I’m a lover of literary fiction and I devour all the latest and greatest titles. Usually, if a book is getting buzz in literary circles and good review coverage in places like the New York Times, I’m almost always down with it. But once in a blue moon a book that the literary elite—my friends included—are going gaga over just doesn’t resonate with me and, admittedly, it makes me feel kind of dumb; like I’ve missed something critical.
Case in point: Everyone and their mother has been espousing the virtues of the bestseller All the Light We Cannot See. A third of the way into it—despite my admiration for the writing—it just wasn’t seducing me. I gave up on it and continued to watch Facebook updates about how incredible it was and to see it proudly on prominent display in book stores. I wanted so badly to like it, and I hated feeling like I just wasn’t getting it.
It made me empathize, though, with a friend who tried and gave up on The Goldfinch, the novel that captivated the elite reading community last year—and caused massive lines outside of The Frick Museum in New York City, where its namesake painting was on exhibit.
The Goldfinch is perhaps one of my favorite books of all time, so I barraged him with questions: Don’t you think the characters are some of the most interesting ever written? Aren’t you in awe of the stylistic devices? In other words, what the hell is wrong with you? I was certain he was just being contrary; that he refused to like it for the very reason that everyone else did.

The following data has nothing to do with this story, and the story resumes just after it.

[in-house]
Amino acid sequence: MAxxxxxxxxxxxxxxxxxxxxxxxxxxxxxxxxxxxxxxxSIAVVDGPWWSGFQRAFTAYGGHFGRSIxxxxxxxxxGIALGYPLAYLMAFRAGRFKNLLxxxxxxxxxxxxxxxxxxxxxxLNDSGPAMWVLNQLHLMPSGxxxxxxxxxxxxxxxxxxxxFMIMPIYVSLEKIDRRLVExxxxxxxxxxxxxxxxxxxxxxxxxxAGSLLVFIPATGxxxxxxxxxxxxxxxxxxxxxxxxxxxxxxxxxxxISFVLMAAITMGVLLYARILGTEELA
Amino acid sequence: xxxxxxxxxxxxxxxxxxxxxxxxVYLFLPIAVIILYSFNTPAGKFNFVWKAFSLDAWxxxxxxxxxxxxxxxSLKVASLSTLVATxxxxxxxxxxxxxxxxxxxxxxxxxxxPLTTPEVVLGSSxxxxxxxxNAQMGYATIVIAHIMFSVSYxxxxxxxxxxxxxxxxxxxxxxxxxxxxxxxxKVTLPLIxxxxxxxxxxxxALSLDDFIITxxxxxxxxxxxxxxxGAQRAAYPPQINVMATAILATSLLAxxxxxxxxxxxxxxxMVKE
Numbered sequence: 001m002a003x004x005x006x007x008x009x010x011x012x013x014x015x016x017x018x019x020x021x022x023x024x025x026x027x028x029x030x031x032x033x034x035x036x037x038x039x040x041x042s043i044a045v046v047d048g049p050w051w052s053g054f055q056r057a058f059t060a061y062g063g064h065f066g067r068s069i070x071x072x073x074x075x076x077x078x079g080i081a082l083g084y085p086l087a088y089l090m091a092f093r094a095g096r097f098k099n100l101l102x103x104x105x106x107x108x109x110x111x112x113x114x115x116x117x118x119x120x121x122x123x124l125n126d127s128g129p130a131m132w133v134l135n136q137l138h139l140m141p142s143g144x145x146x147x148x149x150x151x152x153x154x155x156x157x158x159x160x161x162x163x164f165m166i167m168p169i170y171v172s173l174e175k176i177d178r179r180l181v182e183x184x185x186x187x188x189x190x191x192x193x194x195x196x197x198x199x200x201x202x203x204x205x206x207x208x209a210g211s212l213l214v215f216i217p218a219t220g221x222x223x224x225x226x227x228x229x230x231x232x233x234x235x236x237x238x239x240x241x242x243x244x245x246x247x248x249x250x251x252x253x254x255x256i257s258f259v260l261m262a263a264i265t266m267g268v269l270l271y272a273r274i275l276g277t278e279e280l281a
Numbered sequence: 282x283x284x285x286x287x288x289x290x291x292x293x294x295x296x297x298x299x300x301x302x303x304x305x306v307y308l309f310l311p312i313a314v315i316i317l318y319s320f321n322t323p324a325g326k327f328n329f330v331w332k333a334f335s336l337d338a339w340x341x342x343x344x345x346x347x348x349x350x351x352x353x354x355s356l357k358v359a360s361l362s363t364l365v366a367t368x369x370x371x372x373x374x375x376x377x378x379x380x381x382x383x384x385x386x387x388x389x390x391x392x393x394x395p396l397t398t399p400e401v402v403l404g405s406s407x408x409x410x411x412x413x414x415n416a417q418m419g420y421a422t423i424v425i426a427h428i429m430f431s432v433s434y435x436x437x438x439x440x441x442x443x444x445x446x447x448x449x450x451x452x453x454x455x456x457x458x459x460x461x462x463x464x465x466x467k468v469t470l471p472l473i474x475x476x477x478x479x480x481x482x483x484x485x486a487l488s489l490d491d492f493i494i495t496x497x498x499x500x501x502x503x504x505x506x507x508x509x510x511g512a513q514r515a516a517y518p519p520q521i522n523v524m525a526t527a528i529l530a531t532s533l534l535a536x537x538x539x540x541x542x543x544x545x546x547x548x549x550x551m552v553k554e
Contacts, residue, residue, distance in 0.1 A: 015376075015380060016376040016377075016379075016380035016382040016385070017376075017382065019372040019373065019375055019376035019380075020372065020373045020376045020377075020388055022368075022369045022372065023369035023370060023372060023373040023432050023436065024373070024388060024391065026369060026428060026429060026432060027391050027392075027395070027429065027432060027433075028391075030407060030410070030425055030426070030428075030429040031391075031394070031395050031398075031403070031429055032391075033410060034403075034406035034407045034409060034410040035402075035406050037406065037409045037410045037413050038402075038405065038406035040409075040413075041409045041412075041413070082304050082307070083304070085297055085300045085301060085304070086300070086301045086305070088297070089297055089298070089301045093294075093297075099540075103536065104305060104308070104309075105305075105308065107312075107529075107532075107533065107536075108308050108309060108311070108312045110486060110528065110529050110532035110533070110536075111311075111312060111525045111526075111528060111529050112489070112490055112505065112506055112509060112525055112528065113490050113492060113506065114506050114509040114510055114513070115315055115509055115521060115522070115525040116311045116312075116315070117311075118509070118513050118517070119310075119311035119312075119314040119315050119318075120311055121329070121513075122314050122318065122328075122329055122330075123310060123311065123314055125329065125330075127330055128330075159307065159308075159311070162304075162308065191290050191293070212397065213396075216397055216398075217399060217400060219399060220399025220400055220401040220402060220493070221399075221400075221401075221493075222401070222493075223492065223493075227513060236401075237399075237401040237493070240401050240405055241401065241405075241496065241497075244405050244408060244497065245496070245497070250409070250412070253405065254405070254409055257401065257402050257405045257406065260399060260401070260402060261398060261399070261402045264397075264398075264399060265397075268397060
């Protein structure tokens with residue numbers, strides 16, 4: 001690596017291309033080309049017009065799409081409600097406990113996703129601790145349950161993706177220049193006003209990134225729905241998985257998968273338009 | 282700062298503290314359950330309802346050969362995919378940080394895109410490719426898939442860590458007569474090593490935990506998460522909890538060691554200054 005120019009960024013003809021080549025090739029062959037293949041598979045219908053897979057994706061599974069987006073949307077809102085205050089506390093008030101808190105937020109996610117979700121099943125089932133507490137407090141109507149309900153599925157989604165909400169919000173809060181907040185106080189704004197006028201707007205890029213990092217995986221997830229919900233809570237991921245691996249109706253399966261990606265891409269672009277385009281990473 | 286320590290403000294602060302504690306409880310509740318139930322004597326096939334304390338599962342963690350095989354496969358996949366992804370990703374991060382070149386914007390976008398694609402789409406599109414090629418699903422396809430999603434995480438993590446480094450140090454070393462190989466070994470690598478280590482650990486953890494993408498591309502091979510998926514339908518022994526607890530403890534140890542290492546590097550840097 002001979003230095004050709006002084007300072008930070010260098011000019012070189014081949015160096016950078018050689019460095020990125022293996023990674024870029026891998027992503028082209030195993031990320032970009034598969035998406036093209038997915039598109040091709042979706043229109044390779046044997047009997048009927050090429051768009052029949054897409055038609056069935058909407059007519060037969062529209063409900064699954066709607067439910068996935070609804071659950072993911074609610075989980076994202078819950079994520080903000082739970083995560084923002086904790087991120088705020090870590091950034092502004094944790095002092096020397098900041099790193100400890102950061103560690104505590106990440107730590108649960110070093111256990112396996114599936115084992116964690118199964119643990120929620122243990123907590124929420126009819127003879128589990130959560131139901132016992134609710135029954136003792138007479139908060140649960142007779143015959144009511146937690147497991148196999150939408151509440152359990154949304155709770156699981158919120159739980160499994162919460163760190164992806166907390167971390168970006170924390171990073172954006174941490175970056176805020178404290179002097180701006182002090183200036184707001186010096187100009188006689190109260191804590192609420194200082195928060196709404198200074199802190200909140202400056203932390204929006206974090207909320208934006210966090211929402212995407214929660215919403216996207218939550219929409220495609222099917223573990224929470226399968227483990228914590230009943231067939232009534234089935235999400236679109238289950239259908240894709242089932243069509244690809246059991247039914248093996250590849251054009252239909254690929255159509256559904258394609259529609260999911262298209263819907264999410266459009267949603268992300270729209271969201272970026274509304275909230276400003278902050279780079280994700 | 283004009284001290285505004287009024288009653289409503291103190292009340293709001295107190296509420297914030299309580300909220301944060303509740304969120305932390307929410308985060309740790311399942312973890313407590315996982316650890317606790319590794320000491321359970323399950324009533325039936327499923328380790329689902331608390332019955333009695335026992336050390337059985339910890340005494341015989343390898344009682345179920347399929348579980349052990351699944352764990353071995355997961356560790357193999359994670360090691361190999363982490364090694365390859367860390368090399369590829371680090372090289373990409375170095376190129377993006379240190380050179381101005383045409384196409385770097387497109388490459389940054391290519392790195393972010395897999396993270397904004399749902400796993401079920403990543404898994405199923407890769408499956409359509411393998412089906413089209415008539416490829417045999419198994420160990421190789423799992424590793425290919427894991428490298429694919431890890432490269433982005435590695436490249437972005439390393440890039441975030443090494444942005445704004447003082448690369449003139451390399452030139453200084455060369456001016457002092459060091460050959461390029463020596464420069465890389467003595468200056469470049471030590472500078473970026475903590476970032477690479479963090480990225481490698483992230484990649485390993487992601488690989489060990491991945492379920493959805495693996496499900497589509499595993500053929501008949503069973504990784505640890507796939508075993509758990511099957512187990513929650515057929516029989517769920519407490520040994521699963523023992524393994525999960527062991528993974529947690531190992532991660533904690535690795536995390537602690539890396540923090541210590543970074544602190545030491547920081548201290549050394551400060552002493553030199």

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That got me thinking (cue Carrie Bradshaw): How much do others’ opinions subconsciously sway whether we’ll like a book or not? I thought back to when Eat, Pray, Love was published and how every single woman I knew in New York City and beyond was a believer. I’d lapped it up and loved it too.
Then, ironically, a few years later there was a major backlash. Suddenly, people seemed to be coming out of the woodwork to say they didn’t like the book, that it was unrealistic, the narrator unlikeable. Some of these people had been early adopters. So what happened?
Did the book become uncool because of its mainstream popularity, made into a movie with Julia Roberts as the lead? Or had readers been swept into thinking they loved it in the first place? Or maybe it was a little bit of both. Though I remain certain that the book resonated with me greatly, I’m more self-conscious of admitting it these days. Ridiculous, I know, but I’m just being honest.
At any rate, I try to be kinder to myself now if I can’t love a book that I seemingly should, and not as embarrassed to say so. After all, reading is ultimately a very private, intimate experience and, in the end, it’s really just about you and the words on the page.